Fire and Smoke Damage Preparedness

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What if a Fire Occurs? – After a Fire


IF YOU HAVE HAD A FIRE OF ANY SIZE OR SMOKE DAMAGE OF ANY TYPE OR AMOUNT CONTACT OBSERVEX AT 248-467-6417 IMMEDIATLEY FOR A REFERRAL TO A QUALIFIED RESTORATION CONTRACTOR IN YOUR AREA.

 


 

Not only is it important to prepare for the risk of fire, but it is also important to prepare for the aftermath should one occur.

  1. It is natural to think it will never happen to you.  It is likely that you or someone you are close to will experience a fire or smoke damage.  This is why it is vital to have a solid plan should an event take place!  A good Disaster Consultant will have vital contact information and effect protocols to assist in safety, secondary damage containment, Insurance Adjuster contact information and direct contact with Professional Fire and Smoke Restoration Professionals.
  2. If you are insured, contact your insurance company for detailed instructions on protecting the property, conducting inventory and contacting fire damage restoration companies. Note: Insurance companies, Insurance Agents and Insurance Adjusters may recommend a Restoration Contractor. The property owner always has the right to choose their Repair Service Provider. If you are not insured or do not have a Certified Restoration Service Provider, contact Brian Holter direct at: 800-435-5868 for a list of Certified Fire and Smoke Damage Providers.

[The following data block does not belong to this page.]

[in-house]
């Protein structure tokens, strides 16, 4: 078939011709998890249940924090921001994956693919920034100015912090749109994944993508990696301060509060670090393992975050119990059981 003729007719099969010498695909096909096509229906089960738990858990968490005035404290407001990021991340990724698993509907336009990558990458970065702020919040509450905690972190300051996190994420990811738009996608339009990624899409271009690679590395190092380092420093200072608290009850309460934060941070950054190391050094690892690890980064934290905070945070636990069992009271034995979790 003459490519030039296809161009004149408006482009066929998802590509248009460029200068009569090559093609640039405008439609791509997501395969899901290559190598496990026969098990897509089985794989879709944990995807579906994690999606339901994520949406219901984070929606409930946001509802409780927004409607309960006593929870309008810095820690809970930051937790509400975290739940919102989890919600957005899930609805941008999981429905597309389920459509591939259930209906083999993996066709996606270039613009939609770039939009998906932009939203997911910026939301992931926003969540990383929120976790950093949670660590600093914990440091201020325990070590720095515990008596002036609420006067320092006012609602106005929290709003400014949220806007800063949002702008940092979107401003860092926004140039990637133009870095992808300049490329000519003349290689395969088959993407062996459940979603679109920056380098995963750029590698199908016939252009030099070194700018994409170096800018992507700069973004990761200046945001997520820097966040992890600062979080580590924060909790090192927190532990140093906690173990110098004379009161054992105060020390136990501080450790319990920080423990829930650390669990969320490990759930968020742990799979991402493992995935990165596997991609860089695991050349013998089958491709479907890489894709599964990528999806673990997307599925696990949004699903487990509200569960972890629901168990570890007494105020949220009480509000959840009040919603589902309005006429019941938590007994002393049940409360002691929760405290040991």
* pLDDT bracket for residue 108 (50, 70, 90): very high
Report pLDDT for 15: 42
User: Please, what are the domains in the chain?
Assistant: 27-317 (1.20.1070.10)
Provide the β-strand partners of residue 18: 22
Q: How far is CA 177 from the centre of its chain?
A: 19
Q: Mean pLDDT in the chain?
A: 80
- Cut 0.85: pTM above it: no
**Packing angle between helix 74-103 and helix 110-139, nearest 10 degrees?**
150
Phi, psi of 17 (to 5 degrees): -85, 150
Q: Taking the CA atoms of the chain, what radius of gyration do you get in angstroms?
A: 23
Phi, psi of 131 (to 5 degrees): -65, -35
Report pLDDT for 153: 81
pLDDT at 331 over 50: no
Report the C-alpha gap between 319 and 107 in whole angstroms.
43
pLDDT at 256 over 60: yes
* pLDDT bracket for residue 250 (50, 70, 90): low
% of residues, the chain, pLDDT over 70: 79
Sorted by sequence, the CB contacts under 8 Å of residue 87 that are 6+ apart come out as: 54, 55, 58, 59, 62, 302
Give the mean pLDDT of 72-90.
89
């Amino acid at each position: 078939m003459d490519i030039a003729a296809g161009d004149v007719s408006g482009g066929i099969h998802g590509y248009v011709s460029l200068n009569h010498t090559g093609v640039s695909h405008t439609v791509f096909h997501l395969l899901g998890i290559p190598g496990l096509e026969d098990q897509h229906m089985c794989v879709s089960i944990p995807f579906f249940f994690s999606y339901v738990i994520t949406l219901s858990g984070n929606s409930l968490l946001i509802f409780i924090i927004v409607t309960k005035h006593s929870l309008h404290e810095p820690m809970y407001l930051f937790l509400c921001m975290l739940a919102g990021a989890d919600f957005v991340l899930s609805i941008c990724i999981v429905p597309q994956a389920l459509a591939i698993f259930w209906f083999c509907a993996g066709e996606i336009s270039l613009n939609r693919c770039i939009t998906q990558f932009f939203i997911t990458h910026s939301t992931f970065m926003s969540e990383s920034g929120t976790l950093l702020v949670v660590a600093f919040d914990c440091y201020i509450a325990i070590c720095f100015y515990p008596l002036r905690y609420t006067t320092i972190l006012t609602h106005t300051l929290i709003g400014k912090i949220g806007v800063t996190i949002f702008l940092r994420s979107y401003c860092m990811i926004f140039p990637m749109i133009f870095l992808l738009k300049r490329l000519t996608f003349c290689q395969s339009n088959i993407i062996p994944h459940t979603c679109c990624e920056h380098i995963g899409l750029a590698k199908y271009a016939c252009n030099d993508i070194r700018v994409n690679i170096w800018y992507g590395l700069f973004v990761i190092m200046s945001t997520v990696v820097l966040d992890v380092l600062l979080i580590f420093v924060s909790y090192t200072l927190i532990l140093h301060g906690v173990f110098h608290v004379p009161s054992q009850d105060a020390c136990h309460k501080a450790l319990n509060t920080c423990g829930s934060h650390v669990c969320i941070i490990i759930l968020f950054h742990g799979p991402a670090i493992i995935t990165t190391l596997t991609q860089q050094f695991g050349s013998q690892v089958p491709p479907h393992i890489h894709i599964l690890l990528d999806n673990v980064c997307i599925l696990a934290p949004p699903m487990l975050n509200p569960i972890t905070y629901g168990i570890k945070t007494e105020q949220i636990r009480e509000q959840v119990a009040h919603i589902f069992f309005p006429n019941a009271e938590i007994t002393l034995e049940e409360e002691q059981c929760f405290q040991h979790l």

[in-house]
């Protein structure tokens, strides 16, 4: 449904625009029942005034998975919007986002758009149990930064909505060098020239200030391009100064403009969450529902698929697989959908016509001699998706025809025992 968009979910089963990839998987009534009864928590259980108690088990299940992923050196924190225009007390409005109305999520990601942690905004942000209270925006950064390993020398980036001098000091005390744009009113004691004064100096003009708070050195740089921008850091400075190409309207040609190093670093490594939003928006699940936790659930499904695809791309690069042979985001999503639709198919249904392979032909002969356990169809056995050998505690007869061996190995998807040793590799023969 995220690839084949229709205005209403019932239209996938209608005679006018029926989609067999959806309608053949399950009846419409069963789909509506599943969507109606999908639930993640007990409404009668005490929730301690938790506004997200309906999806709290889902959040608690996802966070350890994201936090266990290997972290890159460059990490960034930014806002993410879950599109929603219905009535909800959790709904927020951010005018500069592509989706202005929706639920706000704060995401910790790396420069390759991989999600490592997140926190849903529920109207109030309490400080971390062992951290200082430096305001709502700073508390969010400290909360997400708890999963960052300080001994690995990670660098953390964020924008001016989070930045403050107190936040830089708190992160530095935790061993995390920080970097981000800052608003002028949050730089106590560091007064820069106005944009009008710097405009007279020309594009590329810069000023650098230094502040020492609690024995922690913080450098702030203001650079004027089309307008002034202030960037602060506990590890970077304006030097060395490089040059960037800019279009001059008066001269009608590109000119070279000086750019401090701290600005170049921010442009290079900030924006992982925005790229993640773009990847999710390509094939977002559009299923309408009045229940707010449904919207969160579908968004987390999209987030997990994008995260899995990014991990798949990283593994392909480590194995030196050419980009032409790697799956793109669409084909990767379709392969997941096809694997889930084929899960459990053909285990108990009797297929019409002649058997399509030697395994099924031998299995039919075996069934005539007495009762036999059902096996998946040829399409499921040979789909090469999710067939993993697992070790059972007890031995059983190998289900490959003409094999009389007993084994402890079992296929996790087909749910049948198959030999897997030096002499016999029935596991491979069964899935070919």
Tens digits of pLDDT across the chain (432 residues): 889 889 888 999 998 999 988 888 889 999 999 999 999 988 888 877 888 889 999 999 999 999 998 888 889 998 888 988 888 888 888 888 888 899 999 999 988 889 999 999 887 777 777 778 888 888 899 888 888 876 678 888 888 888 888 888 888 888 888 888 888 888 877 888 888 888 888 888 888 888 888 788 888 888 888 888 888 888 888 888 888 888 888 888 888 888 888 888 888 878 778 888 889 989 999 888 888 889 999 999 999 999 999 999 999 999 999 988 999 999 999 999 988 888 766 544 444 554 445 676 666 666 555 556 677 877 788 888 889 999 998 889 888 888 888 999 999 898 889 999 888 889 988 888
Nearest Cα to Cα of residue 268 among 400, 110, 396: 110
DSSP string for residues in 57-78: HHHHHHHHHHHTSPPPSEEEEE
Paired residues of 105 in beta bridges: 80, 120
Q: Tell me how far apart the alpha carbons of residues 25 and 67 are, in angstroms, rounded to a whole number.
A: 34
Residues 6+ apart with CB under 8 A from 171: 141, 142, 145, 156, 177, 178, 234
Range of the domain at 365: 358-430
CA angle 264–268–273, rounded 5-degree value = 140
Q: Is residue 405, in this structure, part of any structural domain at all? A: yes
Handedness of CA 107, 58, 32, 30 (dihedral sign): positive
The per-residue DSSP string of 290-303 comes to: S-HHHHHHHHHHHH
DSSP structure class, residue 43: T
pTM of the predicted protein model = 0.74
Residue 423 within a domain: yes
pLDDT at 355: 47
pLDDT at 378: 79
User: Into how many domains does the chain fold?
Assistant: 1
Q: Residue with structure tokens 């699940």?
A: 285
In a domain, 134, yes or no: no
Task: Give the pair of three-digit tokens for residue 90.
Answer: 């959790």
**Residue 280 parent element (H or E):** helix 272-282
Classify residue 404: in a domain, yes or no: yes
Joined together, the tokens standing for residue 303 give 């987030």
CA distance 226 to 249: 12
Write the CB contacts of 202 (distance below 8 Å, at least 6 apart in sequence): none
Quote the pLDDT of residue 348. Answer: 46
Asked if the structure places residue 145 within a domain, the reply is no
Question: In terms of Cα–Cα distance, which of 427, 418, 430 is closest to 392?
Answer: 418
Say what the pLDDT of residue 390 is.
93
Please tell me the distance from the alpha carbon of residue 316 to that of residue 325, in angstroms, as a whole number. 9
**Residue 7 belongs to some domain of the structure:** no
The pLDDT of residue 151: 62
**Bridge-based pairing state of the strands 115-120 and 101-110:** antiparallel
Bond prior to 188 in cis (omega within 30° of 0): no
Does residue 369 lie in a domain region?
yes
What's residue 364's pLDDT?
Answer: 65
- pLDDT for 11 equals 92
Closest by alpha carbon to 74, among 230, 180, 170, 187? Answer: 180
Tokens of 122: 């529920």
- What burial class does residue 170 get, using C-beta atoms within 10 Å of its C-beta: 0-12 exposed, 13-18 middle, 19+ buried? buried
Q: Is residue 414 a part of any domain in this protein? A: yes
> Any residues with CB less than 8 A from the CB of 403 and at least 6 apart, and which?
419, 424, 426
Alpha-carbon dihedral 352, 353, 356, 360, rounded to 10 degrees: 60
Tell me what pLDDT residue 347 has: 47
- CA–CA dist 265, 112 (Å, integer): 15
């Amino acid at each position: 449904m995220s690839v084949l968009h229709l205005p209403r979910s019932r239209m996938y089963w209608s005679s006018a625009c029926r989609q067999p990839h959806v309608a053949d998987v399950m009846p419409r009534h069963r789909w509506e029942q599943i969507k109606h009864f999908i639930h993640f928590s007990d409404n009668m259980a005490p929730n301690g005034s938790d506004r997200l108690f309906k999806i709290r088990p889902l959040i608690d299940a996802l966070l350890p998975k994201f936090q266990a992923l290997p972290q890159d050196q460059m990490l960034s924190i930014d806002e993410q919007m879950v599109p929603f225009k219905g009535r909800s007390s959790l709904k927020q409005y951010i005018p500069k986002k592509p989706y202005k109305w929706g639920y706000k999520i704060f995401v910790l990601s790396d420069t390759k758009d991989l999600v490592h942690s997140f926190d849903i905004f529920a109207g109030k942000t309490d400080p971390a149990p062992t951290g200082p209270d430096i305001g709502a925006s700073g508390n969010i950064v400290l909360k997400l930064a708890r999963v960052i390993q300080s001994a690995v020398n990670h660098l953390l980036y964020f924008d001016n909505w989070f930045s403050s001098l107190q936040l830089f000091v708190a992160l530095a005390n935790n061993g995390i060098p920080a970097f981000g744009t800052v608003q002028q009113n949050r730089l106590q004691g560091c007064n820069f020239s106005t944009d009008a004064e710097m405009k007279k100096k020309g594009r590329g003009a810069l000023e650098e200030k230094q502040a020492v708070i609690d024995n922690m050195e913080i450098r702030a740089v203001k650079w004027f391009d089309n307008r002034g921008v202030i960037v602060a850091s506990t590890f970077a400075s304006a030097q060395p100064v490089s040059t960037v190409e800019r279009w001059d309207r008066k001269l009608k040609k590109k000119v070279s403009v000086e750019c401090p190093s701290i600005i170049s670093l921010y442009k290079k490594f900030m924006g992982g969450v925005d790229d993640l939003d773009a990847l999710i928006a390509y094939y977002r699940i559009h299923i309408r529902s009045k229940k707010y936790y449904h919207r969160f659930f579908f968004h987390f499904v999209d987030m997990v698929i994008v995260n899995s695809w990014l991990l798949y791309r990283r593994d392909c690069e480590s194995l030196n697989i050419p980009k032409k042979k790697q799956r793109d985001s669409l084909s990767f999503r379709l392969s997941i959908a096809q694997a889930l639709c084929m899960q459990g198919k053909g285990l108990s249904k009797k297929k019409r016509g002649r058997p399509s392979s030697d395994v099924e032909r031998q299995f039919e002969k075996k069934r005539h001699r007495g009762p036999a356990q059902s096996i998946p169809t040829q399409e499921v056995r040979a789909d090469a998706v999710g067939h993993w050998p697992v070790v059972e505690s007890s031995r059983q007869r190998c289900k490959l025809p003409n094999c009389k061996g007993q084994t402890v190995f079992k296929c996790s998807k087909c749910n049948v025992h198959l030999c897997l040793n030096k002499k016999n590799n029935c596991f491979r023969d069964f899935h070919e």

3. Check with the fire department to make sure your residence is safe to enter. Be watchful of any structural damage caused by the fire.
  4. The fire department should see that utilities are either safe to use or are disconnected before they leave the site. DO NOT attempt to reconnect utilities yourself.
  5. Conduct an inventory of damaged property and items. Do not throw away any damaged goods until after an inventory is made.  There are very effective inventory processes that should be followed to ensure maximum replacement claim values.
  6. Try to locate valuable documents and records. Remember: Important documents should always be stored in a Fire Resistant File Cabinet, Fire Resistant Safe or outside location. Eg. Safe Deposit Box.  *Note: Within our network are highly skilled Document Restoration Specialists that carefully restore damaged legal documents, medical documents, historical documents, books and other important papers.